Wednesday, 26 November 2014

Our Future Free from Racism

2014 has been a great year for Scotland, and one where we have celebrated and embraced diversity. Over the summer 71 teams from 53 members of the Commonwealth came together in Glasgow for the best ever Commonwealth Games, which saw sports successes alongside cultural celebrations.

It is quite right that Glasgow, where we made the pioneering decision to grant Nelson Mandela the Freedom of the City and James McCune Smith studied at the University of Glasgow, who was the first African American to receive a university medical degree, celebrated diversity at the Opening Ceremony of the Commonwealth Games. We all came together for that anthem of universal brotherhood – Freedom Come All Ye, as sung by the South African singer Pumeza.

As people embrace diversity, it is disappointing to hear the hostile political rhetoric coming from certain political parties. There has been the terrible spectre of the ‘Go Home’ vans and the use of dangerous and inflamatory language from senior politicians such as ‘swamped’ and ‘inundated’ to describe immigration.

The two Westminster parties are fighting each other to out-UKIP UKIP. Politicians of all political persuasion have a responsibility to ensure that they don’t succumb to the temptation of populism for cheap political gain.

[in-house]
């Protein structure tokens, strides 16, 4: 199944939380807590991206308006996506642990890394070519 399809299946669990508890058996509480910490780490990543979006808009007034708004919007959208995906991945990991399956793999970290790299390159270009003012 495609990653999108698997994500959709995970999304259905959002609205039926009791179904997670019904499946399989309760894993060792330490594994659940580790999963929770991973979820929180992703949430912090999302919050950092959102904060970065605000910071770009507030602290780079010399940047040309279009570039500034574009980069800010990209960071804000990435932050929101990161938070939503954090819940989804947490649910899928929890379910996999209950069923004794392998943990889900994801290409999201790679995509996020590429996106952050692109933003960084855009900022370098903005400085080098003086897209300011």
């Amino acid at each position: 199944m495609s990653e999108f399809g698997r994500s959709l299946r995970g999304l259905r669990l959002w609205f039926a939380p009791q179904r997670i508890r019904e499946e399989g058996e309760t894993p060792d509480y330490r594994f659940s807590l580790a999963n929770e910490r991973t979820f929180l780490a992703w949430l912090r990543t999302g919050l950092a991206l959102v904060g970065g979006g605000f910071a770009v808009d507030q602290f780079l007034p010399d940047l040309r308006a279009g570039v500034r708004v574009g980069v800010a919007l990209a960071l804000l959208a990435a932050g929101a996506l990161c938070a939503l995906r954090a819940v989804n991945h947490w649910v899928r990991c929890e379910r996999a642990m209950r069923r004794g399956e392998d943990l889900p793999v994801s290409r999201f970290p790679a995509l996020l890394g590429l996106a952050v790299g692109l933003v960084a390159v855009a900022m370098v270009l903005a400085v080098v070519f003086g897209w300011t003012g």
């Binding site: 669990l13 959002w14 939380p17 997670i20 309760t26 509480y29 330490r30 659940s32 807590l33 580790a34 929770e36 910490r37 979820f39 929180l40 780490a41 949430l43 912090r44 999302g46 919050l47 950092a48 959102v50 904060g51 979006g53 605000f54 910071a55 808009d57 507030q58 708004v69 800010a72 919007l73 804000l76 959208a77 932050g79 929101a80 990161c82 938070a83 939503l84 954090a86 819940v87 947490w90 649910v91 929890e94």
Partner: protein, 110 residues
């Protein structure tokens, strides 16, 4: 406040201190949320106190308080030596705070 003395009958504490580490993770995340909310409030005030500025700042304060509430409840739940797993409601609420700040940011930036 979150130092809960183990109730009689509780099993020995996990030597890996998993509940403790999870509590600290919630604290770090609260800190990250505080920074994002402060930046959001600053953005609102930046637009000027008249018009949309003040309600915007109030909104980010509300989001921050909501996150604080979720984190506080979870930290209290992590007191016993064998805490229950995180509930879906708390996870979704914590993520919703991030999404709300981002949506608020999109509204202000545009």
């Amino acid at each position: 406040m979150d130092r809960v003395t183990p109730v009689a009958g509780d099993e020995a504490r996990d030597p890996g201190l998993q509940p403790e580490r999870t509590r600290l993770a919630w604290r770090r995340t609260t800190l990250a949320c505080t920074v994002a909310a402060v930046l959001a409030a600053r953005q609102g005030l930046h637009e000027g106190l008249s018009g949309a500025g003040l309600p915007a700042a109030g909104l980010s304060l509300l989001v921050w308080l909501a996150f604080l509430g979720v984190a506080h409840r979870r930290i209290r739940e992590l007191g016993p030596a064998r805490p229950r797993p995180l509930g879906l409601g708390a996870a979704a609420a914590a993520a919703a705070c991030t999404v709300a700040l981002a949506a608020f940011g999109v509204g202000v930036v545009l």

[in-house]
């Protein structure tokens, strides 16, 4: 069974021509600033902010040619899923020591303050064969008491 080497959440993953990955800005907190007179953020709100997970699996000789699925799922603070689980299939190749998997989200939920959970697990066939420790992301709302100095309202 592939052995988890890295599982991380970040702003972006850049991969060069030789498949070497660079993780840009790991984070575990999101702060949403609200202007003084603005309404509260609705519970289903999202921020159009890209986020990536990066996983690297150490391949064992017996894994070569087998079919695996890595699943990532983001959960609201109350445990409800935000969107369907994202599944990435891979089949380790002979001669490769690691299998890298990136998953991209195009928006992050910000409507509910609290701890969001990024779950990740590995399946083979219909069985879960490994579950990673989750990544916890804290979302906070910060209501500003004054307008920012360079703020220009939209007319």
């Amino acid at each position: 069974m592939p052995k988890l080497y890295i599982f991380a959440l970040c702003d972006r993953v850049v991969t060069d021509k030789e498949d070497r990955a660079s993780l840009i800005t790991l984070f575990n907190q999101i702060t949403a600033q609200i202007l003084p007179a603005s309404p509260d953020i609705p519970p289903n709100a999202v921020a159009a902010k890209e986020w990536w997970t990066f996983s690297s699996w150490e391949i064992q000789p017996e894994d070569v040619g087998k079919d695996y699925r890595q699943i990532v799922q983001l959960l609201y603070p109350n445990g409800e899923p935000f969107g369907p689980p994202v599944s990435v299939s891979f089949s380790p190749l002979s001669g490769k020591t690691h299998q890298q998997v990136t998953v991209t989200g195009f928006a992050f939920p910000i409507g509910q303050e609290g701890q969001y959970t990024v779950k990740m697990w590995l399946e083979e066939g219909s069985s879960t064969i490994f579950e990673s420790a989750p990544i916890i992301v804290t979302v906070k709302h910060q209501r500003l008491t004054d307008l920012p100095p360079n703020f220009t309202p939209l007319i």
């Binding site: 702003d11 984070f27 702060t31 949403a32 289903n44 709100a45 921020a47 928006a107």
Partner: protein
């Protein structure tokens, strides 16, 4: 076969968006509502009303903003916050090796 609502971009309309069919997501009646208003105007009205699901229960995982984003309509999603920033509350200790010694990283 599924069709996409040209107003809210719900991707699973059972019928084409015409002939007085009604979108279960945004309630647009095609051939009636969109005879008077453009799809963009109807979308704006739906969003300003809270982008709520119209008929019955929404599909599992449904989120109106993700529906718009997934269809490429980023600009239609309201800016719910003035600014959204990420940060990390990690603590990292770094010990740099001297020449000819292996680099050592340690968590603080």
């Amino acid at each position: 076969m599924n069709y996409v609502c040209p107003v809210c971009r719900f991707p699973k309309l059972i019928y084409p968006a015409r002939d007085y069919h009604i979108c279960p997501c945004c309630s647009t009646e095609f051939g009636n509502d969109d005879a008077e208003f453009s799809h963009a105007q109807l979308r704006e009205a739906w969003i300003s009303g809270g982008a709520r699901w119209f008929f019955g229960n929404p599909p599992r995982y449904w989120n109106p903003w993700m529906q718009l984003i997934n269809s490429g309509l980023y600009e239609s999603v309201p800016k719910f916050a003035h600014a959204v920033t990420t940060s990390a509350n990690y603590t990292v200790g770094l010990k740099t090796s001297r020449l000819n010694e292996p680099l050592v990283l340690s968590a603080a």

I am the proud son of immigrants, and am pleased that the Government I am part of and the party I represent believes that migrants from across the world have made outstanding contributions to Scotland and will always be welcome to our country.

It is vital that we all stand united in defiance of racism, and the St. Andrew’s Day rally is an integral part of this country’s anti-racism effort. I would like to say to all the elements who wish to divide us and cause hatred – you will never be welcome to Scotland, not now, not ever. No Pasaran.

Humza Yousaf
Minster for External Affairs and International Development

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